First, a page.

JS: It was a rough few years, pandemic aside. As everyone can hear on the album, a break up happened, then there were the financial struggles of the pandemic. I also have dealt with some health issues, since I’ve always had a bad stomach, and I lost something like 15 pounds. I went to see doctors for a few months, and they couldn’t figure it out. It’s something I’ve dealt with my whole life, but people were worried about me during the pandemic. I went super health conscious with my diet, and it was a struggle. That partly delayed doing the album, but I think when I hear the album, I can hear that in there. There was definitely more suffering than the previous record! [Laughs]
AH: The timing must have been so frustrating. Health stuff always seems to have the worst timing.
JS: It does, and I think that’s because we are very directed by our emotions and that contributes to triggering stuff in our body. When I look back, there was also anxiety because we released our live album one week before the pandemic, and then couldn’t support it. Making the album became a do or die situation, and that’s also why “Sink or Swim” is the first single. I feel like it represents the album well, too, because it’s not about a hopeless sadness. It’s about having your back against the wall and wondering “What are you going to do about it, man?” There’s a kind of triumphant aspect to the album, too. That was there in putting “Don’t Worry ‘Bout It” last on the album, too, since there was a bit of us saying, “We made it.”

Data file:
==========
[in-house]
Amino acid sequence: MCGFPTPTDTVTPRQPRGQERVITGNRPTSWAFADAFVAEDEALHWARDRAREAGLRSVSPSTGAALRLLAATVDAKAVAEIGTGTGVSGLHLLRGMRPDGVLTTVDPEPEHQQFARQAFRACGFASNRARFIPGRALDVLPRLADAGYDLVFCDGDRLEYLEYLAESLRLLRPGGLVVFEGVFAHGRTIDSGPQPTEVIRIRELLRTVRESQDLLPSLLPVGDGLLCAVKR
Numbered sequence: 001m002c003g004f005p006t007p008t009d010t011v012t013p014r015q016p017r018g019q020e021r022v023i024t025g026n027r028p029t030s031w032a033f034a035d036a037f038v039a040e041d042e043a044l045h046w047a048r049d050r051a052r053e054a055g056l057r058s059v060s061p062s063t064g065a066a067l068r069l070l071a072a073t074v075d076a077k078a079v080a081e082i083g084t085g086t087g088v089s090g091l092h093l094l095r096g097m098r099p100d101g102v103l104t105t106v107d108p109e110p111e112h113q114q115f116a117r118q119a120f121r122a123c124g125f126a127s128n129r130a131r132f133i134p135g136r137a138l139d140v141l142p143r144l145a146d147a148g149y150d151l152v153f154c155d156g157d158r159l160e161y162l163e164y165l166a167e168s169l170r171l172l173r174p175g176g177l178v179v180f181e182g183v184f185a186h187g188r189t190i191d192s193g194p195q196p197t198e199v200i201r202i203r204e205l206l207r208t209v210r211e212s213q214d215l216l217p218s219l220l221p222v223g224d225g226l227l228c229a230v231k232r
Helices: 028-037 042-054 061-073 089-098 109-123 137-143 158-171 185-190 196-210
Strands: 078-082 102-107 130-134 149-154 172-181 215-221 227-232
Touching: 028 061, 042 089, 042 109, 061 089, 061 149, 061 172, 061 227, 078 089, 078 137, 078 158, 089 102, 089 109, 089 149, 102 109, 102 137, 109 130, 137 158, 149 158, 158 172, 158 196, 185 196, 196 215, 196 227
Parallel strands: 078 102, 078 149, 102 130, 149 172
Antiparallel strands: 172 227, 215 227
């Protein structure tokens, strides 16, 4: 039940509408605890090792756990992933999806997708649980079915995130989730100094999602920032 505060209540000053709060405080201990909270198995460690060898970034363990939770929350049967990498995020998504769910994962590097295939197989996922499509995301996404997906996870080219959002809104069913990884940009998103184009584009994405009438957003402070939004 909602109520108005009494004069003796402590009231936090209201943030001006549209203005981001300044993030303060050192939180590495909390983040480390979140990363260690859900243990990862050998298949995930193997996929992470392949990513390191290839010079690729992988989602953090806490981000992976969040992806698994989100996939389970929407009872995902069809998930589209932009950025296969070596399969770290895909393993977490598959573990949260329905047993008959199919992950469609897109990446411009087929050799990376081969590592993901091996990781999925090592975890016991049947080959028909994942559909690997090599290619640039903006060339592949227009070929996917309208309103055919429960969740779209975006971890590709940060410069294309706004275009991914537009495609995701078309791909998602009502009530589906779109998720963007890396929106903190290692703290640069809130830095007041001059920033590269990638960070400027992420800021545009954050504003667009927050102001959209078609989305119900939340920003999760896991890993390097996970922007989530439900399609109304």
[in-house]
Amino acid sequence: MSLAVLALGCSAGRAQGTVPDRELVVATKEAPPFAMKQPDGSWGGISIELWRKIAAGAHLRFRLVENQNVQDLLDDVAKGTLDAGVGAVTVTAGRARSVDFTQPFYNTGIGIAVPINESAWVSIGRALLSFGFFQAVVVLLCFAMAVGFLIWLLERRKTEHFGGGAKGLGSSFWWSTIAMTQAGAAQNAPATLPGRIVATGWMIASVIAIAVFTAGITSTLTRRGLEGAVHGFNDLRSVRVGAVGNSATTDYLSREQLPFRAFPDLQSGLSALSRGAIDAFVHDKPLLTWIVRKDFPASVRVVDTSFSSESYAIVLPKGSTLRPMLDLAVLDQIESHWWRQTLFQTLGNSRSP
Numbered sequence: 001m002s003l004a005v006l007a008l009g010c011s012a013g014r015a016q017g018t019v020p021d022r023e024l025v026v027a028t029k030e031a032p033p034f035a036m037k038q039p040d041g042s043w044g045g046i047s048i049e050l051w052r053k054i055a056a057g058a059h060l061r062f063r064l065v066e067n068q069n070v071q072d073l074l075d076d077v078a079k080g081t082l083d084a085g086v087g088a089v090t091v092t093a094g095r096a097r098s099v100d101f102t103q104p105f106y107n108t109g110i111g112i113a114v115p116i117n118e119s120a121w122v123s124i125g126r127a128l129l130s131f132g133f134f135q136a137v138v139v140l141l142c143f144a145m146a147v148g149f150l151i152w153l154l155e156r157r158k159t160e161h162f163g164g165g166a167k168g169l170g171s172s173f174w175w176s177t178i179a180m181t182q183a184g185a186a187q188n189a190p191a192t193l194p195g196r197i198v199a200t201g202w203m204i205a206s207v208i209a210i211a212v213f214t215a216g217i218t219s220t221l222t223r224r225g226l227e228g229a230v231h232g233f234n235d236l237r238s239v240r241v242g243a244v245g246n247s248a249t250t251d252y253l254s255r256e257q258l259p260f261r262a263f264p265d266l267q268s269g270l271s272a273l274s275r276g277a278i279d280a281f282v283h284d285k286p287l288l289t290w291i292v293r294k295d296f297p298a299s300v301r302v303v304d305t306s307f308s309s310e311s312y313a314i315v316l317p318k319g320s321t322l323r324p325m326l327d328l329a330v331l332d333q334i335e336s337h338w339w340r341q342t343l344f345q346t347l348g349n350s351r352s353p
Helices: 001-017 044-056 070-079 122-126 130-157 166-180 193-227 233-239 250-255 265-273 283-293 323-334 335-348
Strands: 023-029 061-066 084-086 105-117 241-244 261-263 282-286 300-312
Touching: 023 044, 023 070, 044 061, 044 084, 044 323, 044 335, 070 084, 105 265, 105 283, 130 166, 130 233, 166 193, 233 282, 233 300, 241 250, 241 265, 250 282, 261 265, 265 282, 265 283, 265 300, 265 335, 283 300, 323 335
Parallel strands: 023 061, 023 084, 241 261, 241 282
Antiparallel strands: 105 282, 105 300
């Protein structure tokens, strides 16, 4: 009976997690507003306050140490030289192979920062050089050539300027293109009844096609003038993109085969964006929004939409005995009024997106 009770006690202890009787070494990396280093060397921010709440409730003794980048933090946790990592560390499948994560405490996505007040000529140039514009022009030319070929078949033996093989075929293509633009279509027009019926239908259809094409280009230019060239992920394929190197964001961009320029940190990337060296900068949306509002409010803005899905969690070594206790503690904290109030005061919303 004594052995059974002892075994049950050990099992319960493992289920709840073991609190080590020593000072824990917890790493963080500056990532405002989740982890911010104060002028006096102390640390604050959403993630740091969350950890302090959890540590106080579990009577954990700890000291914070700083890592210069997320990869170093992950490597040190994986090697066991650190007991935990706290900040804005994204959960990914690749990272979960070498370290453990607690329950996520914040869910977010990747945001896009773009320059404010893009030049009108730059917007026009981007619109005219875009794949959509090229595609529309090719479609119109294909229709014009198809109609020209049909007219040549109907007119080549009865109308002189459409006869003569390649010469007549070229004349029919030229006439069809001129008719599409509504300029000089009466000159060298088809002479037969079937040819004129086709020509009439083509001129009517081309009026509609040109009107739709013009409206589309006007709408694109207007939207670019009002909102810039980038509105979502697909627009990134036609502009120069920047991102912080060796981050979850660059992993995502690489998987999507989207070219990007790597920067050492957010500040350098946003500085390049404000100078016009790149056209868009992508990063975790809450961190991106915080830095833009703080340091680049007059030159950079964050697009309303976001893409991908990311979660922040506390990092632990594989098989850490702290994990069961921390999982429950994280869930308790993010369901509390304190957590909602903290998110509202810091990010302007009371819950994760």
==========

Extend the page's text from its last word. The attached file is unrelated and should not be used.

AH: There’s a lot of suffering on the album, but it also feels like there’s a determination to figure things out.
JS: I think some of it was also a grieving period during the pandemic for my music, and for other musicians, for my friends’ careers in the music scene.
AH: That’s totally valid. I feel like that comes out in some of the songs, acknowledging the feelings that are there, rather than brushing them under the carpet. I noticed that sometimes when the lyrics are particularly heavy, some of the guitar parts that accompany them feel more hopeful. Sometimes that would flip to the opposite, but they seemed like they were in counter-balance.
JS: I agree. That’s a great point.
AH: “Let You Go” is a very different song from “Sink or Swim.” There’s a lot of determination in that song, too, if you really look at it, though.
JS: It’s funny, because I started working on those lyrics when I started working on my first EP, so they’ve been sitting. But that’s perfect for what the song is about, which is that inner voice. I haven’t been able to figure out how to silence that inner voice of self-doubt, or deprecation, or negativity, since then. That’s a lifelong struggle for most people. The lyrics fit and I remember having them in the back of my head as something that felt genuine. I found the music that accompanied it and I think they made a perfect marriage.
From there, the whole theme of the album developed without meaning to. I wouldn’t call it a concept record, but there are a lot of overlapping ideas and feelings, and “Let You Go” lent itself to that. As my band would say, it also felt “very Saladino.” It had chords that were colorful and a little out there. I like to put contrasting sections together and play with harmony to pique curiosity. I was really proud of “Let You Go.” The aspect of there being slide guitar and the whole vibe makes me love that song. I find that you put the song on, and it takes you to a place immediately. It’s cool when a song does that. I’m not really even sure how to do that, but it just happens.
Thanks very music for chatting with us, Justin Saladino. Music fans can find more information and tour dates here: https://www.justinsaladinoband.com
Find earlier coverage here: Grooves & Cuts August 2022